They add that vultures perform an important ecosystem service by removing organic material from the environment which could help reduce disease causing microorganisms in the ecosystem.
According to an article by the National Geographic, vultures eat dead animal carcasses, are particularly effective at removing pathogens and toxins in the environment because they rapidly consume carrion (decaying animal body) before it decays, and their stomachs contain a potent acid that destroys many of the harmful substances found in dead animals.
For example, Zoonotic disease pathogens such as rabies virus have been causing outbreaks in humans for thousands of years. In fact, most infectious diseases in humans originate in animals, and the frequency of such transmissions has been increasing over time. Taylor et al., identified that three out of four emerging infectious organisms are zoonotic in origin.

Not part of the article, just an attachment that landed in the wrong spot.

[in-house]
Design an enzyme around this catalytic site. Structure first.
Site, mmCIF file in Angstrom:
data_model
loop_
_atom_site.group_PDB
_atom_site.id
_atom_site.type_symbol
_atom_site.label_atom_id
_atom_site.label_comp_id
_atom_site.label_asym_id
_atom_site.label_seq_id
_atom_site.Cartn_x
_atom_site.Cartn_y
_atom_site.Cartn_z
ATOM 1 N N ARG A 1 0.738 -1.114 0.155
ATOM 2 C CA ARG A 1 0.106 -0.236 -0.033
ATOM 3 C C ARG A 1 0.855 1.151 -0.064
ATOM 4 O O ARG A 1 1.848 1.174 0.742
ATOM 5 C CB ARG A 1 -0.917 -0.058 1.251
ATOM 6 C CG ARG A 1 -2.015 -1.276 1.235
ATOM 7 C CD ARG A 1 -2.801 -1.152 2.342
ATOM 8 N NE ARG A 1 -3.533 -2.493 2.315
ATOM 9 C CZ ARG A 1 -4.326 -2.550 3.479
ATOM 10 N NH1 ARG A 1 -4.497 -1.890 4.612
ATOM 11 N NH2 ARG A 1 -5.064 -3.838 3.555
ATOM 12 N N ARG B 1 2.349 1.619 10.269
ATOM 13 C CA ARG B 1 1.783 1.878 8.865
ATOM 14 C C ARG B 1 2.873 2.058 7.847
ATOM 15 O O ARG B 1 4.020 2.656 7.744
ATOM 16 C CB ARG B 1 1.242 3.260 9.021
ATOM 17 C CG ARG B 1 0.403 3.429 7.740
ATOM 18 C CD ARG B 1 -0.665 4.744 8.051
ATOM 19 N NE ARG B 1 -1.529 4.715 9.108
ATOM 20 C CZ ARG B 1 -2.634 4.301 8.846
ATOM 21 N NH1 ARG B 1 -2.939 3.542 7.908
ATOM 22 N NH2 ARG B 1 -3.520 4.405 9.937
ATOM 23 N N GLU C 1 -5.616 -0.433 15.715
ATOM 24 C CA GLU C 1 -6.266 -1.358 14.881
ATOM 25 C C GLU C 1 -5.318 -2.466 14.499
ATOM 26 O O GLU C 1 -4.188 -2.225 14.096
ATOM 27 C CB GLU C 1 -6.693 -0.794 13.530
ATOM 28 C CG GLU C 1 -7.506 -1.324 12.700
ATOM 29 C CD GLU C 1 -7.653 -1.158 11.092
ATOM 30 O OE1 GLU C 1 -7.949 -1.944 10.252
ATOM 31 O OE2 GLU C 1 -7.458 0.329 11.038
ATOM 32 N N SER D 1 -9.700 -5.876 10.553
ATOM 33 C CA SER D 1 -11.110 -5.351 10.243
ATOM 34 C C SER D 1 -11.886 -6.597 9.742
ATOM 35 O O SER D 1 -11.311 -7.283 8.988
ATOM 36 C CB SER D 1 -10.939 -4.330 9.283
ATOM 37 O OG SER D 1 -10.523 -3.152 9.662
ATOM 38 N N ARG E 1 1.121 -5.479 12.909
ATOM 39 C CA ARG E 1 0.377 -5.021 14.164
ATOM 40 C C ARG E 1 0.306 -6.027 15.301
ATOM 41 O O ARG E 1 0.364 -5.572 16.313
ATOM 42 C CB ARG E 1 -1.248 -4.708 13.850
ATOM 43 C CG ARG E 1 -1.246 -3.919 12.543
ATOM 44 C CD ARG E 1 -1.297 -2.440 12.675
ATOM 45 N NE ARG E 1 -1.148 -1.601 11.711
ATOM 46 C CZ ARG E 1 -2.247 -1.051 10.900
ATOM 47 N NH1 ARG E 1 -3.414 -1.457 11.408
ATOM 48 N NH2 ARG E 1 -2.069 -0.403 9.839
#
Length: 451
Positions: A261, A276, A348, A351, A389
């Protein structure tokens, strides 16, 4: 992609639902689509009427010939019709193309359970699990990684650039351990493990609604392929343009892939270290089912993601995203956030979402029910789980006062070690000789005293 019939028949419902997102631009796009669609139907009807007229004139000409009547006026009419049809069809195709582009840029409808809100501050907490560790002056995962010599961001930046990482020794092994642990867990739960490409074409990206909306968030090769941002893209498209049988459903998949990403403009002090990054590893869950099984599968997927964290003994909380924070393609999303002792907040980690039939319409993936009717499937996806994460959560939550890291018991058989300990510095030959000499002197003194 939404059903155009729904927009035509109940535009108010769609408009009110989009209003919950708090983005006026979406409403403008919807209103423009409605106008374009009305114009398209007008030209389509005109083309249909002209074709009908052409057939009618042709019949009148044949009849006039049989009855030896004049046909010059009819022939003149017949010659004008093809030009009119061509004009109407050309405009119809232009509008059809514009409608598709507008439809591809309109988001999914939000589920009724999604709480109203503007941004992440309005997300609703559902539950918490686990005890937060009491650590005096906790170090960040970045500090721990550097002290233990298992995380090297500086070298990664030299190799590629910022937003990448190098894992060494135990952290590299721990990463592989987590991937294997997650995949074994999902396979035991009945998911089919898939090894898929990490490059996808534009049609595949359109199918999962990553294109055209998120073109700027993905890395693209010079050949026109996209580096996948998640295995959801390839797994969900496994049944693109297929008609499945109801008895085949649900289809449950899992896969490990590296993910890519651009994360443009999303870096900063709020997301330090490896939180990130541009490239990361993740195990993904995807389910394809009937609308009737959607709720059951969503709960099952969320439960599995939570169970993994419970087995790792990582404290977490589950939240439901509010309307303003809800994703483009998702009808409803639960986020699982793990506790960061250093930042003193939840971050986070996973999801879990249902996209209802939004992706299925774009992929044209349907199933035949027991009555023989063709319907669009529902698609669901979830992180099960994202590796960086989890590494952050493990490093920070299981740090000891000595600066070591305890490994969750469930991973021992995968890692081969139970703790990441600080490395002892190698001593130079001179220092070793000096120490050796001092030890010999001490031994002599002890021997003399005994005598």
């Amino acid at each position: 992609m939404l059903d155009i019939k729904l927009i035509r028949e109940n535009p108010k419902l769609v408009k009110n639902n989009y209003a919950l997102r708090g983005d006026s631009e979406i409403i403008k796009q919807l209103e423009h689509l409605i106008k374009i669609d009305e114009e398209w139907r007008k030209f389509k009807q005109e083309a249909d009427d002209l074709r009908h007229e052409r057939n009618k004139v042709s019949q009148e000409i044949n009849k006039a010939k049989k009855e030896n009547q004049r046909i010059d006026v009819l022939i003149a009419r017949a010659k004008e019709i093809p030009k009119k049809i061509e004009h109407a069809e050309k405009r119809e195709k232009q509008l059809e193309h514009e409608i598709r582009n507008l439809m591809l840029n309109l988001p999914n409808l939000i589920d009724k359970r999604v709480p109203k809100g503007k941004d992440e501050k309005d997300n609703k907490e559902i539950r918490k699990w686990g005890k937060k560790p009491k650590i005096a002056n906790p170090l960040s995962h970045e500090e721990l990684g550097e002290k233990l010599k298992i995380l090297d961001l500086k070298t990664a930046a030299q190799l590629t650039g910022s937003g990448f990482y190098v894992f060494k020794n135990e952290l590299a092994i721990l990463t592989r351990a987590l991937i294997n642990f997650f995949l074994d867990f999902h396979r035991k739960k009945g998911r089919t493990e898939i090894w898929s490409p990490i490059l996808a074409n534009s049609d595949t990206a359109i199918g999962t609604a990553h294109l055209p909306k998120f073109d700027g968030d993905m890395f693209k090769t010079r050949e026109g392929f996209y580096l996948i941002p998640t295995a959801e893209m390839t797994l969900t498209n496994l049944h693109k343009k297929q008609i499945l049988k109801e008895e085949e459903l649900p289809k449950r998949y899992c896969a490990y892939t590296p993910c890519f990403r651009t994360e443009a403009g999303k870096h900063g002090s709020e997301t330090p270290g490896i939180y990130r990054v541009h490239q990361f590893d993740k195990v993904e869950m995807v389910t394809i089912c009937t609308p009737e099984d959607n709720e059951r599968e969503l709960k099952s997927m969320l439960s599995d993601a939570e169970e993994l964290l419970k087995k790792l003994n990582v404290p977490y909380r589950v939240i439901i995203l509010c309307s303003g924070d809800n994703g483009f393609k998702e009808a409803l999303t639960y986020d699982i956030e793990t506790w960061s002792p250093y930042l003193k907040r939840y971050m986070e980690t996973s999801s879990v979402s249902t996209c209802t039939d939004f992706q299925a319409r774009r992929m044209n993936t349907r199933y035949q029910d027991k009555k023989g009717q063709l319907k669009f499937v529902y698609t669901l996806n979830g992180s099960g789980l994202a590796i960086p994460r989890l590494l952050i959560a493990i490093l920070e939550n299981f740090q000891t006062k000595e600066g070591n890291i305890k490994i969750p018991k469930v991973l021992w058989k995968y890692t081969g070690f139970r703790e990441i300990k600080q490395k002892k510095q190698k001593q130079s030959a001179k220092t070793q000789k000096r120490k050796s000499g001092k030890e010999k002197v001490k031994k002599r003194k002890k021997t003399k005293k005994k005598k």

Recently emerged zoonotic diseases, according to the Center for Disease Control and Prevention include globally devastating diseases such as Ebola virus disease, Middle East respiratory syndrome, highly pathogenic avian influenza, severe acute respiratory syndrome, and bovine spongiform encephalopathy.
Having vultures clean the rotting animal remains means that humans will be protected from these dangerous infectious diseases.
Fortunately, there are people who understand and appreciate the important role vultures play in the community. Faustin Manizabayo is a resident of Gataraga sector in Musanze district. He says that he is more aware of the need of ‘befriending’ vultures after attending an awareness training by Nature Rwanda at Gataraga Market.